Our experiences as football families are usually some of the best times of our lives. Usually.
Today, I'd like to thank someone I don't even know. I'd like to thank the person who anonymously used social media to call for my husband to be fired. Really. Thank you. For once, I'm not being sarcastic.
Thank you for (inadvertently, I am sure) causing at least a hundred people to show support of Mr. Coach. People came out of the proverbial woodwork commenting on how ridiculous the request was. Current students, former players, parents, friends, other coaches..and especially other coaches' wives were quick to be the supportive and wonderful people with which this job comes standard.
Thank you, anonymous Sir, for reminding us all why we do this. Thank you for causing us to reflect on all of the kids over the years that have grown and become young men within this program, and programs all over the country just like it.....whether games are being won or not.
Thank you for justifying the hours spent, not on the green acre of turf, but on the things that really matter. Things like sitting with a kid while he recounts how he can't handle life at home anymore because his dad is cheating on his mom. Or his mom's boyfriend is doing drugs in the house. Or they don't have enough money for football shoes. Thank you for reminding us how it feels to help these kids become men.
Thank you too, for reminding us not that it is about raising a Heisman trophy winner, but rather, that it is that feeling you get as a coach when a kid finally "gets it." When he finally runs the play correctly. Finally gets that tackle. Finally gets to experience what it feels like to wriggle into that varsity jersey on a Friday night. And you have the same chest-swelling pride in him that you have in your own child. That's what coaching is about. Thank you for reminding us of that.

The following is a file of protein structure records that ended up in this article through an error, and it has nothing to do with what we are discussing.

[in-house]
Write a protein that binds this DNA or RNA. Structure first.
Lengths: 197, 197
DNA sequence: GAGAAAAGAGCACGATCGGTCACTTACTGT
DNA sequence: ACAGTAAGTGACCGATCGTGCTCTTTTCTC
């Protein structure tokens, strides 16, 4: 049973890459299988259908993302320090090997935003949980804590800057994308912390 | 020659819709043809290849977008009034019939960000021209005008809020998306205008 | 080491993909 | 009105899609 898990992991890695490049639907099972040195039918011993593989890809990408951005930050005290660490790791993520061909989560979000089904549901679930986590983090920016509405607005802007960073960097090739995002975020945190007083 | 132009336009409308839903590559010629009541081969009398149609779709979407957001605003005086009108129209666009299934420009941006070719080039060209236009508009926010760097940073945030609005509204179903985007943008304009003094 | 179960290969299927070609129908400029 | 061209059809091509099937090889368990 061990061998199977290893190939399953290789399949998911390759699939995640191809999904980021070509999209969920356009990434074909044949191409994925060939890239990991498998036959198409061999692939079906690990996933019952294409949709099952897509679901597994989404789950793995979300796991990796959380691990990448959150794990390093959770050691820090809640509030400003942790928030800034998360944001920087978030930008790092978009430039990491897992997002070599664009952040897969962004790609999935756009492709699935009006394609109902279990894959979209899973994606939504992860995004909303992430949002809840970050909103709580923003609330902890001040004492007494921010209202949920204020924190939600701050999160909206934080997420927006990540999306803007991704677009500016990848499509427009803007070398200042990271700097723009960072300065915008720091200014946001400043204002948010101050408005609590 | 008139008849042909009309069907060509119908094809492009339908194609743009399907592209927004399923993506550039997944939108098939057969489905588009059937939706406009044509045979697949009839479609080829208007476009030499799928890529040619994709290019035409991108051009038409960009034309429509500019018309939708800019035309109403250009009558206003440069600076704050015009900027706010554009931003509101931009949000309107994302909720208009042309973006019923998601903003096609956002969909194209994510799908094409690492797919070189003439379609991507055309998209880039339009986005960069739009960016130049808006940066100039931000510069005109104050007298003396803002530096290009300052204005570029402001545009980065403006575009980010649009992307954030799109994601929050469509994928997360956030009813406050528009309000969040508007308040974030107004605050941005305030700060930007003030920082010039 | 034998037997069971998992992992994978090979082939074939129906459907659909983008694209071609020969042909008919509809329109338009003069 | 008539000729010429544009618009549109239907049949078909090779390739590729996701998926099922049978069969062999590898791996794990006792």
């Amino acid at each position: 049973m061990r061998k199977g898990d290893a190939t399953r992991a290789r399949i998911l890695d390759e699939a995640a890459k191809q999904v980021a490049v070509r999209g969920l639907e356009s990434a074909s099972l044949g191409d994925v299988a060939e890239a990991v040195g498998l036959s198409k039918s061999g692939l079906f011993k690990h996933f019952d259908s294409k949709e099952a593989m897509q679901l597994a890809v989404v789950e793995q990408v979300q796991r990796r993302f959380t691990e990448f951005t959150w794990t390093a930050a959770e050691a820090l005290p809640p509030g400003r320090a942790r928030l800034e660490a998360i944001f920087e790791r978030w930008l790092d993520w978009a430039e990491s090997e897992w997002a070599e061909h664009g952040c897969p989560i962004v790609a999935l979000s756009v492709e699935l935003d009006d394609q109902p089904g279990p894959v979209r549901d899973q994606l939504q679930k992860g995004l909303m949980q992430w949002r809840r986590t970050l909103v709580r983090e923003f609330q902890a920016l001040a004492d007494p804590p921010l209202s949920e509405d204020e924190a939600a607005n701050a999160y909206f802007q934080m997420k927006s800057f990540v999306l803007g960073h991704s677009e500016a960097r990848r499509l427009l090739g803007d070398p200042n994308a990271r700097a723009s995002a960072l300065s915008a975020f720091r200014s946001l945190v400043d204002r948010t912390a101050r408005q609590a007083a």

Thank you for causing us to reflect on all of the young men that leave a program and come back to say thank you. Those moments bring us to tears. There is no possible way to quantify or qualify what that means to us. You'll never know how thankful we are to you for causing us to revisit all of the times adult former players have let us hold their newly born children, or honored us with an invitation to their wedding or high-fived my child at a college football game as they wear a collegiate jersey.
Much thanks to you for focusing on my husband and not any of his assistants. These are the true unsung heroes of the gridiron. Thank you for not dragging their names into any of your posts. They put in as many hours as Mr. Coach and get no recognition for them. Nor do they get any public credit for the wins for which they are equally responsible. They are the ones that travel 200 miles on a rainy Monday night to scout a team or play a c-team game in a cow pasture. I really appreciate you not calling for their jobs too.
Thank you personally, from me. You've made me a better parent. I get to answer questions from my 11 year-old about why anyone would want daddy to lose his job. I really wanted to answer with ire and immaturity. But, I took the high road. I explained there will always be bad people out there that don't think before they talk. I used it as a reminder that our actions and words have consequences. I used it to remind my children that everyone is entitled to an opinion. And those people who put their names and faces with their opinion are respected.
Your actions also remind me of all of my sisters in this crazy sorority we call Coaching Wives, and how very much I appreciate and love them. How they all gave me the "We're with you-we know what you're going through-hang in there" look that we all share. I love them. I had forgotten to tell them that. Thank you for reminding me.
So, please accept this digital fist-bump of gratitude, Unknown Tweeting Man. You make coaching memorable.